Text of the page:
The general rule as to the construction of stipulations is well stated in 50 Am.Jur., Stipulations, sec. 8, p. 609: "As a general rule, stipulations should receive a fair and liberal construction, in harmony with the apparent intention of the parties and the spirit of justice, and in the furtherance of fair trials upon the merits, rather than a narrow and technical one calculated to defeat the purposes of their execution. The terms of a stipulation should not, however, be so construed as to extend beyond that which a fair construction justifies. In all cases of doubt, that construction should be adopted which is favorable to the party in whose favor it is made. A stipulation must be construed in the light of the circumstances surrounding the parties and in view of the result which they were attempting to accomplish. In seeking the intent of the parties the language used will not be so construed as to give it the effect of an admission of fact obviously intended to be controverted, or the waiver of a right not plainly intended to be relinquished."

With these principles in mind we shall endeavor to ascertain the true meaning and effect of the stipulation. It must be evaluated in light of the circumstances surrounding the parties and the result they hoped to achieve by submitting it to the court. It is readily apparent from the court's ruling that the jurisdictional matter was the only preliminary legal question the parties intended to present, under the stipulation, for determination. A negative ruling, contrary to the Williams case, would have terminated the contest of the petition then and there. Evidently neither the attorneys nor the court gave any consideration to the question of estoppel. The stipulation is silent on the subject of estoppel, nor can it be said that there is any express waiver of such a defense. It must be remembered that:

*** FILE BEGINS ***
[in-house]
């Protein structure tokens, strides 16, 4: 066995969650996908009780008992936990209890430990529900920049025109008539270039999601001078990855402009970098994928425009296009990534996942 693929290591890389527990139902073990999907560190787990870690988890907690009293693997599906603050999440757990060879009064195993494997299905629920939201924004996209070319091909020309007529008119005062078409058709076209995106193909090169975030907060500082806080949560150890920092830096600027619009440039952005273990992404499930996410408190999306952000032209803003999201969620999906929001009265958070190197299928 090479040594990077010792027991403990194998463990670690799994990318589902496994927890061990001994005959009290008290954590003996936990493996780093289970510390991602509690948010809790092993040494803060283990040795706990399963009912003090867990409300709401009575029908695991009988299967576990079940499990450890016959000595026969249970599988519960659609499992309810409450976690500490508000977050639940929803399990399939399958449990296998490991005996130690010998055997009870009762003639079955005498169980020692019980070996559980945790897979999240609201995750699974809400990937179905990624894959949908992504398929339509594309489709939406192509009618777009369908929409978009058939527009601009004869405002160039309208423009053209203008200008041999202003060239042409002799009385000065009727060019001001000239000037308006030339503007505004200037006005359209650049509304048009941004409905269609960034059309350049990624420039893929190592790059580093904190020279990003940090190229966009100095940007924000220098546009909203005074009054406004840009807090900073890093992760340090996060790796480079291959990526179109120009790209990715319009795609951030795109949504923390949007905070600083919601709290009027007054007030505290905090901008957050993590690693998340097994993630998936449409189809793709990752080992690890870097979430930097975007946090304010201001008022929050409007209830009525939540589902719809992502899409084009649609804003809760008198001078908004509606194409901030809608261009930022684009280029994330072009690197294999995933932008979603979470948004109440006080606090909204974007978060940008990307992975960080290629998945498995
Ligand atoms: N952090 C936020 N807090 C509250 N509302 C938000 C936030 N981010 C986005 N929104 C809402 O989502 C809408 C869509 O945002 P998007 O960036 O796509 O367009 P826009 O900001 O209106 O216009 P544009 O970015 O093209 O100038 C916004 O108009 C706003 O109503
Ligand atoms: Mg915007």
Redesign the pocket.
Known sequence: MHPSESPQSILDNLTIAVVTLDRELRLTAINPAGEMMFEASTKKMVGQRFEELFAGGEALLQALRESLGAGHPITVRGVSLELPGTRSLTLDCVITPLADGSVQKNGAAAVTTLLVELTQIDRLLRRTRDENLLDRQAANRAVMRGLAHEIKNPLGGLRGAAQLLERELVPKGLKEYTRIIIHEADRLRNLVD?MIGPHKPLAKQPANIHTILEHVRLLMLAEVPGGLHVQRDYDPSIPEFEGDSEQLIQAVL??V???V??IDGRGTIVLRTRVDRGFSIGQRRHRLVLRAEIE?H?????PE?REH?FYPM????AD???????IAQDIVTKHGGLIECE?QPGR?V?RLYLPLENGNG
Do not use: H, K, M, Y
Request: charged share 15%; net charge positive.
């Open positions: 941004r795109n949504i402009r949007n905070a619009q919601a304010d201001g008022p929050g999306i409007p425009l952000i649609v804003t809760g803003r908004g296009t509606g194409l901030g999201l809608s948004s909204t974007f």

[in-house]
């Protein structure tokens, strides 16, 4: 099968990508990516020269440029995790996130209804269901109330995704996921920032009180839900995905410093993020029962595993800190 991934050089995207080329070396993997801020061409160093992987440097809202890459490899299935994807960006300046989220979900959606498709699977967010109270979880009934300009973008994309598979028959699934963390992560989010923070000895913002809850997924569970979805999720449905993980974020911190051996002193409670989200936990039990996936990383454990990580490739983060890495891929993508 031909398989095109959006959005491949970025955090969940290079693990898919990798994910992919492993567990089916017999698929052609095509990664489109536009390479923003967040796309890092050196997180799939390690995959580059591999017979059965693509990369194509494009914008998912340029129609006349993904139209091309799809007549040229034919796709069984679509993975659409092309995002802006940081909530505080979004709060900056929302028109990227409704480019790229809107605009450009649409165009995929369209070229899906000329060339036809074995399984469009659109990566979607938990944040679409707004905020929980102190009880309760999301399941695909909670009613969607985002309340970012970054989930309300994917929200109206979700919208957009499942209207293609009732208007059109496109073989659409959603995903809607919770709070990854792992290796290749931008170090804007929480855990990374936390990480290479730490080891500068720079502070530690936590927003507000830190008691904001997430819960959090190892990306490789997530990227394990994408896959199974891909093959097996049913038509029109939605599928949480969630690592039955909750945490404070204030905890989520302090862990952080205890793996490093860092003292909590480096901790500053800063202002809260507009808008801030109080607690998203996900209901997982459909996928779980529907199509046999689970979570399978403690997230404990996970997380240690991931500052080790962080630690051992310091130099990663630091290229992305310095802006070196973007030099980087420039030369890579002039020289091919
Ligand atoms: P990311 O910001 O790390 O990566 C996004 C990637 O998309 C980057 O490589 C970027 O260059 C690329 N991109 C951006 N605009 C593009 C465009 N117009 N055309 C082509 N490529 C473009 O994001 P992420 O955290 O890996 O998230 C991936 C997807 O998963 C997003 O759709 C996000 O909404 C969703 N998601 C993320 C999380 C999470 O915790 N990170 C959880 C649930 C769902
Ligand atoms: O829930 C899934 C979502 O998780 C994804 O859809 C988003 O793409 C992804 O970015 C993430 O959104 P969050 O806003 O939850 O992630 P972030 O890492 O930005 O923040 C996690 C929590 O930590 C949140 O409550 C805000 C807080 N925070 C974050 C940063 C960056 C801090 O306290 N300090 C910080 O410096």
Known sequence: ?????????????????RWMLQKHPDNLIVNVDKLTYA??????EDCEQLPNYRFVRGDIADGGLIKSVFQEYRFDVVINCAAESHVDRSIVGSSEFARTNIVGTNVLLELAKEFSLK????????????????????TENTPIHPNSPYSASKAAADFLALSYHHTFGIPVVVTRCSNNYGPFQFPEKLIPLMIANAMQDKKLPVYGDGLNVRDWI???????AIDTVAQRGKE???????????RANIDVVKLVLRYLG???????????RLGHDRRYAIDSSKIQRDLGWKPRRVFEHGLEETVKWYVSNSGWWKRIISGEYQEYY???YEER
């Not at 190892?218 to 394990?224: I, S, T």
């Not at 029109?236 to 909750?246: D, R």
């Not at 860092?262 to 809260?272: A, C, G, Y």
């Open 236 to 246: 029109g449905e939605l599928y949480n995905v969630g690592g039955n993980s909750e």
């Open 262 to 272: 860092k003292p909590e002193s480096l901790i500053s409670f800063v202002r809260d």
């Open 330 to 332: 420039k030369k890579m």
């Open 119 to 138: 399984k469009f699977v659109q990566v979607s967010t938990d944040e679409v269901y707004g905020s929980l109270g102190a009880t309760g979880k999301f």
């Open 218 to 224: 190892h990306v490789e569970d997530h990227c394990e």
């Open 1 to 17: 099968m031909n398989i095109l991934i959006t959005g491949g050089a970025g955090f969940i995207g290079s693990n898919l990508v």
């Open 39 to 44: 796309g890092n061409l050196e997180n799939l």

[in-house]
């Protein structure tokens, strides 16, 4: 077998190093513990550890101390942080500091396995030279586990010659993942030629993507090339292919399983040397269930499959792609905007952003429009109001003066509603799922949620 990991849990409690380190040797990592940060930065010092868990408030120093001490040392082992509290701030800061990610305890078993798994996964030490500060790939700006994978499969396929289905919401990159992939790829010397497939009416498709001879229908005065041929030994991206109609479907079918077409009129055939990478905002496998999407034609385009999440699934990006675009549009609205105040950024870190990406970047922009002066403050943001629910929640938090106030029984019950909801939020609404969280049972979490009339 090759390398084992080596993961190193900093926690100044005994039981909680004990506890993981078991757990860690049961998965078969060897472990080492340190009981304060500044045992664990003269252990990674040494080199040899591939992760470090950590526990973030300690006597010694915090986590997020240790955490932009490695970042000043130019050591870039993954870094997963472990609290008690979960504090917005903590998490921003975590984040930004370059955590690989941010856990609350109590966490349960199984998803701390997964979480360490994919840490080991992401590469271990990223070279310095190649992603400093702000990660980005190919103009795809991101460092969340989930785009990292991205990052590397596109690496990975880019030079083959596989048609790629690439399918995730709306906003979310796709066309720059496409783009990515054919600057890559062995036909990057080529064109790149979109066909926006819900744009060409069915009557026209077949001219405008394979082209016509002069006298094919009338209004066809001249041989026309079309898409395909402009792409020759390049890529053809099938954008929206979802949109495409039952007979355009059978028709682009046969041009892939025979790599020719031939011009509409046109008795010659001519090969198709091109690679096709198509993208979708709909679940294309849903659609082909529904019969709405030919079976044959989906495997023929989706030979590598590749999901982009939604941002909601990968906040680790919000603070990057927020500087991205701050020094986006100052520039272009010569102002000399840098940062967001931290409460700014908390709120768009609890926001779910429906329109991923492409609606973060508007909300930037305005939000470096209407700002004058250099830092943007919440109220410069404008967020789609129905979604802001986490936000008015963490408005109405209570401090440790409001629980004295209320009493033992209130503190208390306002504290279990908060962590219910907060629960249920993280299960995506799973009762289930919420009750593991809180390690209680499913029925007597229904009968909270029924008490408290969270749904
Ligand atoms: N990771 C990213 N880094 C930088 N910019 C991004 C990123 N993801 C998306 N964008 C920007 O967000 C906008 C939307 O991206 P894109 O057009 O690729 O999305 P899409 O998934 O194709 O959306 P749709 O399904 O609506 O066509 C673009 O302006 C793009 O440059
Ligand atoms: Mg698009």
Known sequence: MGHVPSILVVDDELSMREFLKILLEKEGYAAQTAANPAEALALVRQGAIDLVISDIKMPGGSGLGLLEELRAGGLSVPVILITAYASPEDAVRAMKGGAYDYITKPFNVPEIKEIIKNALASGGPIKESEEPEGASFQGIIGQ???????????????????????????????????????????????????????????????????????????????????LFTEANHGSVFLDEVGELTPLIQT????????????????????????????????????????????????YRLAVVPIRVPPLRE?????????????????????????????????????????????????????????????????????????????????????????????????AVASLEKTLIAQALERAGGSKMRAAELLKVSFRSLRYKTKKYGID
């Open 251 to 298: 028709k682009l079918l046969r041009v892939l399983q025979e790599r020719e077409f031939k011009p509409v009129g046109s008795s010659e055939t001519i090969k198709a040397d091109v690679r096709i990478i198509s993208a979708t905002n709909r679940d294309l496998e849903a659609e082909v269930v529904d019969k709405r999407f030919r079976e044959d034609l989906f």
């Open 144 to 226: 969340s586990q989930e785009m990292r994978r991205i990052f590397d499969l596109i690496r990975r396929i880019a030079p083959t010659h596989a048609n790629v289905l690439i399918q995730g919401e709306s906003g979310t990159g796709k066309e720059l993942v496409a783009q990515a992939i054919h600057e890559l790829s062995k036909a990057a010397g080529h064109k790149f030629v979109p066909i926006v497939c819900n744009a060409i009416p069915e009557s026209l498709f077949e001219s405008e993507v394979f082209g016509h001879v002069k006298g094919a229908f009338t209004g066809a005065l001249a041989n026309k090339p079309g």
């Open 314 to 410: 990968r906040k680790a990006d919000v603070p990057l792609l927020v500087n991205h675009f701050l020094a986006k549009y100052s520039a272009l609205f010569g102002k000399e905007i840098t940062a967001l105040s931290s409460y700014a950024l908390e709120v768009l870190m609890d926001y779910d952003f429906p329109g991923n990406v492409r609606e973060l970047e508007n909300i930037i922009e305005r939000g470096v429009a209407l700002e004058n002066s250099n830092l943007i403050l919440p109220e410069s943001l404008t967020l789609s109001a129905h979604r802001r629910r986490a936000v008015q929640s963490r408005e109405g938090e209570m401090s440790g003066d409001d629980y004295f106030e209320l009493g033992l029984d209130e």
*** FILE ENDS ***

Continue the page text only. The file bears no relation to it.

"Waiver is a voluntary and intentional relinquishment of a known right, or such conduct as warrants an inference of the relinquishment of such right * * *." Guarantee Title Trust Co. v. Babbitt Bros. Trading Company, 47 Ariz. 47, 53 P.2d 734, 736. See also 67 C.J., Waiver, 289.

It would not be substantial justice to the parties for this court to torture the stipulation into proportions which its drafters did not intend it should have. A court should not hold that there has been a waiver of valuable rights where the circumstances show that any so-called "waiver" was involuntary and unintended.

The trial court correctly construed the stipulation. There was no waiver of appellee's right to plead estoppel against the executrix.

Judgment affirmed.

STANFORD, C.J., and LaPRADE, J., concurring.

Summaries of

In re Brandt's Estate

Supreme Court of Arizona
Mar 1, 1948
190 P.2d 497 (Ariz. 1948)
Case details for

In re Brandt's Estate

Case Details


Court:Supreme Court of Arizona

Date published: Mar 1, 1948


190 P.2d 497 (Ariz. 1948)
190 P.2d 497

Citing Cases

Waugh v. Lennard

Fortifying our interpretation of the statement appearing in Crane v. French, supra, is the significant fact…

Weller v. Weller

Cf. In re Brandt's Estate, 67 Ariz. 42, 190 P.2d 497 (1948); Bohmfalk v. Vaughan, 89 Ariz. 33, 357 P.2d 617…